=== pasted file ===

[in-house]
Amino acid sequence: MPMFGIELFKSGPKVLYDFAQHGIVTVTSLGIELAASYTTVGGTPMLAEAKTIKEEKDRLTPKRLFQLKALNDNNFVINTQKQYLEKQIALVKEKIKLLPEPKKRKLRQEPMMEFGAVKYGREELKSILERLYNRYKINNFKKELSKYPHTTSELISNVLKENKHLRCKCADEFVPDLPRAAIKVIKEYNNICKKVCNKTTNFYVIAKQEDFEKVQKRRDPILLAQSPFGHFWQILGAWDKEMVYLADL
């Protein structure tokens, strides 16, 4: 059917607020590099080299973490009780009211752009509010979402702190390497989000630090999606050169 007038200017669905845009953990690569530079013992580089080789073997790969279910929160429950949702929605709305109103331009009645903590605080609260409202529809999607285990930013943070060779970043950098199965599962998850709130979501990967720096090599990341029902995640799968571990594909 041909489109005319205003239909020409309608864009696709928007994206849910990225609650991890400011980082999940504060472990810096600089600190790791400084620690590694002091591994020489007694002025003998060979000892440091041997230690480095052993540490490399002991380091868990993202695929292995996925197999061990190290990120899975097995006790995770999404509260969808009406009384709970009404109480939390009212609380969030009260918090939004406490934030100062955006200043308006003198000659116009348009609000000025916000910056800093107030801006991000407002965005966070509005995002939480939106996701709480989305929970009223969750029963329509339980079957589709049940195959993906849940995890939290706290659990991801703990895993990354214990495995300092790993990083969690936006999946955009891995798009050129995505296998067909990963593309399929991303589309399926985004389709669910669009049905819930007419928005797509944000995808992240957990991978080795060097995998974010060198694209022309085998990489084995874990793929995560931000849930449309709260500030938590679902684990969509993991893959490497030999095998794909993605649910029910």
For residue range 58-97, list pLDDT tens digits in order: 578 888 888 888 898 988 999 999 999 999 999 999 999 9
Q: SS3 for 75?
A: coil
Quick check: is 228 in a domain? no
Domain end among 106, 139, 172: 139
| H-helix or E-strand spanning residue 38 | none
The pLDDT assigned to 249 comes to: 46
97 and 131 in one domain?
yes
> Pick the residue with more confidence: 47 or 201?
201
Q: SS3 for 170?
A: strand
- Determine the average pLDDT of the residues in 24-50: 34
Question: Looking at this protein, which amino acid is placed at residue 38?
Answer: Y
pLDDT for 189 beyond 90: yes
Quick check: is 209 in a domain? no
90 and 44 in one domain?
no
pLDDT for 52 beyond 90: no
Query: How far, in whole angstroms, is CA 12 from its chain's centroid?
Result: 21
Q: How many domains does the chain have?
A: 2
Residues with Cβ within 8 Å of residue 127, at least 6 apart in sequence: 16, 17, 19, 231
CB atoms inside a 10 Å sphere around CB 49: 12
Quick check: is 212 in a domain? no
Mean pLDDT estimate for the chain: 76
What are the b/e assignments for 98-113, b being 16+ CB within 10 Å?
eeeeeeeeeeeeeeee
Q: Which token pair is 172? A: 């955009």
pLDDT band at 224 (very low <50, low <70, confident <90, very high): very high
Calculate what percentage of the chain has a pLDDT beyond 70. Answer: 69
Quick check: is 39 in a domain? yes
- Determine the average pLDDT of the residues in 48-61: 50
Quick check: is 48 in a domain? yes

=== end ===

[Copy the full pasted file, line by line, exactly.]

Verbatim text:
[in-house]
Amino acid sequence: MPMFGIELFKSGPKVLYDFAQHGIVTVTSLGIELAASYTTVGGTPMLAEAKTIKEEKDRLTPKRLFQLKALNDNNFVINTQKQYLEKQIALVKEKIKLLPEPKKRKLRQEPMMEFGAVKYGREELKSILERLYNRYKINNFKKELSKYPHTTSELISNVLKENKHLRCKCADEFVPDLPRAAIKVIKEYNNICKKVCNKTTNFYVIAKQEDFEKVQKRRDPILLAQSPFGHFWQILGAWDKEMVYLADL
């Protein structure tokens, strides 16, 4: 059917607020590099080299973490009780009211752009509010979402702190390497989000630090999606050169 007038200017669905845009953990690569530079013992580089080789073997790969279910929160429950949702929605709305109103331009009645903590605080609260409202529809999607285990930013943070060779970043950098199965599962998850709130979501990967720096090599990341029902995640799968571990594909 041909489109005319205003239909020409309608864009696709928007994206849910990225609650991890400011980082999940504060472990810096600089600190790791400084620690590694002091591994020489007694002025003998060979000892440091041997230690480095052993540490490399002991380091868990993202695929292995996925197999061990190290990120899975097995006790995770999404509260969808009406009384709970009404109480939390009212609380969030009260918090939004406490934030100062955006200043308006003198000659116009348009609000000025916000910056800093107030801006991000407002965005966070509005995002939480939106996701709480989305929970009223969750029963329509339980079957589709049940195959993906849940995890939290706290659990991801703990895993990354214990495995300092790993990083969690936006999946955009891995798009050129995505296998067909990963593309399929991303589309399926985004389709669910669009049905819930007419928005797509944000995808992240957990991978080795060097995998974010060198694209022309085998990489084995874990793929995560931000849930449309709260500030938590679902684990969509993991893959490497030999095998794909993605649910029910």
For residue range 58-97, list pLDDT tens digits in order: 578 888 888 888 898 988 999 999 999 999 999 999 999 9
Q: SS3 for 75?
A: coil
Quick check: is 228 in a domain? no
Domain end among 106, 139, 172: 139
| H-helix or E-strand spanning residue 38 | none
The pLDDT assigned to 249 comes to: 46
97 and 131 in one domain?
yes
> Pick the residue with more confidence: 47 or 201?
201
Q: SS3 for 170?
A: strand
- Determine the average pLDDT of the residues in 24-50: 34
Question: Looking at this protein, which amino acid is placed at residue 38?
Answer: Y
pLDDT for 189 beyond 90: yes
Quick check: is 209 in a domain? no
90 and 44 in one domain?
no
pLDDT for 52 beyond 90: no
Query: How far, in whole angstroms, is CA 12 from its chain's centroid?
Result: 21
Q: How many domains does the chain have?
A: 2
Residues with Cβ within 8 Å of residue 127, at least 6 apart in sequence: 16, 17, 19, 231
CB atoms inside a 10 Å sphere around CB 49: 12
Quick check: is 212 in a domain? no
Mean pLDDT estimate for the chain: 76
What are the b/e assignments for 98-113, b being 16+ CB within 10 Å?
eeeeeeeeeeeeeeee
Q: Which token pair is 172? A: 């955009």
pLDDT band at 224 (very low <50, low <70, confident <90, very high): very high
Calculate what percentage of the chain has a pLDDT beyond 70. Answer: 69
Quick check: is 39 in a domain? yes
- Determine the average pLDDT of the residues in 48-61: 50
Quick check: is 48 in a domain? yes